Levy on Incineration: letter to Minister Hogan

Ian Carey Letters, News

Full text of letter to Minister Hogan

Ref: Levy on Incineration

Dear Minister Hogan,

It must be stated from the outset that the Environmental Pillar is opposed to the use of mass burn incineration as a part of the waste management strategy.  This opposition is based on the many impacts that incineration will have on the health and well-being of the public, and the damage it will do to the agri-food, tourism, blood-stock and green industries and their capacity to provide jobs and sustainable employment.  The impact on the economy is discussed further in appendix 1 below.

In the short-term, given the current circumstances where incineration has already become part of the waste management infrastructure, the Pillar asserts the urgent necessity for an incineration levy to recover at least some of the costs, to society and the economy, of the pollutants released in the process.  That said, it is clear that no levy could ever compensate for the long-term health impacts resultant from incineration.

The EU waste hierarchy, as adopted into Irish law earlier this year obliges Irish waste management, legislation and policy to prioritise the prevention of waste over other management strategies. The absence of a levy on incineration would appear to be in conflict with this requirement.  There is also the need be consistent in legislating in order to reduce waste production rather than create a market demand in order to feed the incineration industry.

Without a levy, incineration would gain undue market share simply by ‘free riding’ its pollution costs. This is the principle reason the ESRI and Eunomia reports, both completed with the last two years, recommended an incineration levy.  A review of their findings and a discussion of the possible levy rates to be applied are to be found in Appendix 2 below.

The pollutants released during incineration include arsenic, cadmium, chromium, lead, mercury, dioxins, and furans among others. Although a levy is likely to only reduce the impact from the release of these highly toxic substances on those receiving the fallout from incinerators, any failure to charge for these pollutants would run counter to a core principle in European and Irish waste management – that the polluter pays.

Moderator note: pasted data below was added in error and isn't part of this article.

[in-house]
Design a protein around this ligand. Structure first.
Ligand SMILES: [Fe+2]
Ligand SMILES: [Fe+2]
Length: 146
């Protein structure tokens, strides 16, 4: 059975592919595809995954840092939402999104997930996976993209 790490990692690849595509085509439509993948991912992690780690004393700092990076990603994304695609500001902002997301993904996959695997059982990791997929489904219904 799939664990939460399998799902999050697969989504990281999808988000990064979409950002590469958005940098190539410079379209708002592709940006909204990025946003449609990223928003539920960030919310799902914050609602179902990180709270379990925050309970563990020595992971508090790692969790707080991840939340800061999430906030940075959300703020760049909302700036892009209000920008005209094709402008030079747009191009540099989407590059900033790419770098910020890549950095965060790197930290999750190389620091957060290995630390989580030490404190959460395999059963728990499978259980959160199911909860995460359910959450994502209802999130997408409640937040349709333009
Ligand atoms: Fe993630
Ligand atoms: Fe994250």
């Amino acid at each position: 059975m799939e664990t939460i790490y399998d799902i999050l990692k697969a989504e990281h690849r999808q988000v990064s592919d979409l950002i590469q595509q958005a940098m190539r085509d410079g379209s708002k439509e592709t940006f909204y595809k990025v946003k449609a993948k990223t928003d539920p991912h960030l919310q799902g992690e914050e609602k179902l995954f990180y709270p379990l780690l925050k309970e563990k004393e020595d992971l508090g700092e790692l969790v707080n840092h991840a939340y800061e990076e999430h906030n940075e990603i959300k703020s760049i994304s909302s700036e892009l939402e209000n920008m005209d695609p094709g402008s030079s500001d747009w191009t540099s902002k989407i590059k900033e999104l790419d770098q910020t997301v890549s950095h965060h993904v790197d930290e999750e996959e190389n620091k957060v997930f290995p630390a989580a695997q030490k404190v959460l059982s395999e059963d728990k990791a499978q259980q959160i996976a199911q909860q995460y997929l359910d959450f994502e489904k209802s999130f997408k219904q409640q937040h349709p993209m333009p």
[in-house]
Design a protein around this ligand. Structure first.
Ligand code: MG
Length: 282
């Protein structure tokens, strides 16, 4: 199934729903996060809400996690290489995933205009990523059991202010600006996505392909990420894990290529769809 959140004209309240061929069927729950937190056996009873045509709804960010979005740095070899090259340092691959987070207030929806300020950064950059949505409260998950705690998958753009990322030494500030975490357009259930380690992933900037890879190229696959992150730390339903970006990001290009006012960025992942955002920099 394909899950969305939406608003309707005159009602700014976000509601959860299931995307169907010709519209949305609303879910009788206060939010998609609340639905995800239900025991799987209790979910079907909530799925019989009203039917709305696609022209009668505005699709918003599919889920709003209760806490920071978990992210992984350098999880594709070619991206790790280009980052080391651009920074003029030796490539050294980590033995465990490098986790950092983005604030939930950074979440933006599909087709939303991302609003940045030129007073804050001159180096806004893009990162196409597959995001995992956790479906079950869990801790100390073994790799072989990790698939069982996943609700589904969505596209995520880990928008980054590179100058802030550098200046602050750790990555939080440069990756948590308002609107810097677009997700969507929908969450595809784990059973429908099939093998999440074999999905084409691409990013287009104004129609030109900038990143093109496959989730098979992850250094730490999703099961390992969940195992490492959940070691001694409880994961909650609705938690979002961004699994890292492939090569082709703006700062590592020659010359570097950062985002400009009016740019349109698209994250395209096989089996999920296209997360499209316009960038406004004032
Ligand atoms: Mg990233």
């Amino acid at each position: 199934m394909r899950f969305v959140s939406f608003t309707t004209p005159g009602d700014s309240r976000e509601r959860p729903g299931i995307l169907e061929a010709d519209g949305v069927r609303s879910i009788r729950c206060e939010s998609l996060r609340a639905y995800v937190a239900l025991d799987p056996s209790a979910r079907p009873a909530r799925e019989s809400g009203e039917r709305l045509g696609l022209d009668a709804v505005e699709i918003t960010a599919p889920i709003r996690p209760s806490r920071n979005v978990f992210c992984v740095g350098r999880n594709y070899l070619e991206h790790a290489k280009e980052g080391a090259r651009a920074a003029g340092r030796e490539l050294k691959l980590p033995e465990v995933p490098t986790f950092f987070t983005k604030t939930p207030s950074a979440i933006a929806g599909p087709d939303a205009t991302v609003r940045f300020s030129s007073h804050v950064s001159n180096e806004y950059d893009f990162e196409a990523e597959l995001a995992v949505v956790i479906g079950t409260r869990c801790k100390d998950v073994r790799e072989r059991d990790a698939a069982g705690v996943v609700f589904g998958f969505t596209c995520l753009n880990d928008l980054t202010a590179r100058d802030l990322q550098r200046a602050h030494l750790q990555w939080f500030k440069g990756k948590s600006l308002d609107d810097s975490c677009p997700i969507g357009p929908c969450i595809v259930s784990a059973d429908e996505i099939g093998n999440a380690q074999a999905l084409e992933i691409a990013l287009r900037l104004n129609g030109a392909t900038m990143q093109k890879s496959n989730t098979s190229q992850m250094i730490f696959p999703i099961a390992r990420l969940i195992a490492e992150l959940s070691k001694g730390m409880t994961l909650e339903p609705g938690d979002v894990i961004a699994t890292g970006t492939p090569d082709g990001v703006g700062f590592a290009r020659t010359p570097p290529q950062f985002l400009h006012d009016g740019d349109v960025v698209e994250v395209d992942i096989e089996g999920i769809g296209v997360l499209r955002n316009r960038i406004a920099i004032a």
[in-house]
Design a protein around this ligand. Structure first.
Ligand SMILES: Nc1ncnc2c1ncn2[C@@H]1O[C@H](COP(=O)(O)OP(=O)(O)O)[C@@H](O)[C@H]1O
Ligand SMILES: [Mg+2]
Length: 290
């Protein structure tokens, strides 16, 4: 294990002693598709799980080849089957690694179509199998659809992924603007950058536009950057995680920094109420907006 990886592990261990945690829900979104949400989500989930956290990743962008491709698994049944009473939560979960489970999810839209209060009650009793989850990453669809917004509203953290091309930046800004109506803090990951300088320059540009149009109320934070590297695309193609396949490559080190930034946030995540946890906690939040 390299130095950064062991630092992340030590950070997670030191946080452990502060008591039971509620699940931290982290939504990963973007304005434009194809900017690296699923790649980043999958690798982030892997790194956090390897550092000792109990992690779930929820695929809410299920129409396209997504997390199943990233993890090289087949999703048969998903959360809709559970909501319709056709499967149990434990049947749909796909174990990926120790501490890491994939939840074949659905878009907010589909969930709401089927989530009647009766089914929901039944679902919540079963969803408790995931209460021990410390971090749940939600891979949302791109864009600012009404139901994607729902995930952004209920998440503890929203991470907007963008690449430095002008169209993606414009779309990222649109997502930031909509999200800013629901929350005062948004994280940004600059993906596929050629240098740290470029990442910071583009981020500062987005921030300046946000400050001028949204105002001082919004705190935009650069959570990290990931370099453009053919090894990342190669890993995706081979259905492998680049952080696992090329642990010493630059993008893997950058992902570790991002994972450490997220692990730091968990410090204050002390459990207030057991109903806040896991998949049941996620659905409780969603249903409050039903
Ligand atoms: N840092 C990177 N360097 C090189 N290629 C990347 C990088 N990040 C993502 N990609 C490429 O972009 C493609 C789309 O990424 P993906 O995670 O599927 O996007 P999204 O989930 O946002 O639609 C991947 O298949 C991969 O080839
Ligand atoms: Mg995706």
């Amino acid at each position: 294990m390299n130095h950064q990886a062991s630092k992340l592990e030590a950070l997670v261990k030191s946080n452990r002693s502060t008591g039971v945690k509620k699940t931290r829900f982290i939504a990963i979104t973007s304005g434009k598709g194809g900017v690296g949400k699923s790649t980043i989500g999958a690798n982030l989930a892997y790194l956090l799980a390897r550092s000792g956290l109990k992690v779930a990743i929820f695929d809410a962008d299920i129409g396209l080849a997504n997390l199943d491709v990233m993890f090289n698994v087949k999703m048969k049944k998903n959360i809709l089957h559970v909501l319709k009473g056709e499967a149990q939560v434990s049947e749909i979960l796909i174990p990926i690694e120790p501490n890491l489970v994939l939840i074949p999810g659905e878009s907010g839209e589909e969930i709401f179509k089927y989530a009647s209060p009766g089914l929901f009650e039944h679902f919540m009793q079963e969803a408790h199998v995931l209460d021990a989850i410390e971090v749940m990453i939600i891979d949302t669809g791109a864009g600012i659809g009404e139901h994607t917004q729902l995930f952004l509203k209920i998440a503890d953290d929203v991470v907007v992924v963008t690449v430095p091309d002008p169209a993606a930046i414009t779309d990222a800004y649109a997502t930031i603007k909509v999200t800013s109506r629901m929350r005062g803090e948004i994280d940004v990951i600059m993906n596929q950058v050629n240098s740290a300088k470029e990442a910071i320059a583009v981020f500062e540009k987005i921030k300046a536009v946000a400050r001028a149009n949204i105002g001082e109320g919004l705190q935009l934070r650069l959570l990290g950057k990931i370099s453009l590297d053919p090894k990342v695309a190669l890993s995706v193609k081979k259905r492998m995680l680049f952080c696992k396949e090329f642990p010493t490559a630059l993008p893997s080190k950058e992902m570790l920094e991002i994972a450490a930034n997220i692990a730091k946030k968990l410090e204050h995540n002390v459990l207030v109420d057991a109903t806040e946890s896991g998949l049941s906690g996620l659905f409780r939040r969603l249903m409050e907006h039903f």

The urgent need to establish a clear regulatory infrastructure that protects the environment, the economy and the tax-payer is brought into focus by the imminent commissioning of the Carranstown incinerator, located close to Duleek in Co Meath, and the on-going discussions regarding the proposed incinerator at Poolbeg in Dublin.  This infrastructure must include the immediate introduction of a levy set at a rate that will maintain the push to reduce, reuse or as a last option to recycle.

I hope you find this letter of assistance and look forward to working with you to bring about a situation where incinerator operators have a real incentive to minimise the release of what are highly toxic pollutants, and moreover, that the toxins and other harmful chemicals which are released carry a financial burden for the plant operator.

The Environmental Pillar stresses again its willingness and dedication to work with you on this and other environmental matters.

Kind regards,

Michael Ewing

Coordinator, Environmental Pillar of Social Partnership
Knockvicar, Boyle, Co Roscommon, Rep of Ireland
Tel: +353 71 9667373
Mob: +353 86 8672153
Email: michael@environmentalpillar.ie
web: www.environmentalpillar.ie

Letter to Minister Hogan on Levy Incinerators 31st August 2011 – with appendices

 

Ian CareyLevy on Incineration: letter to Minister Hogan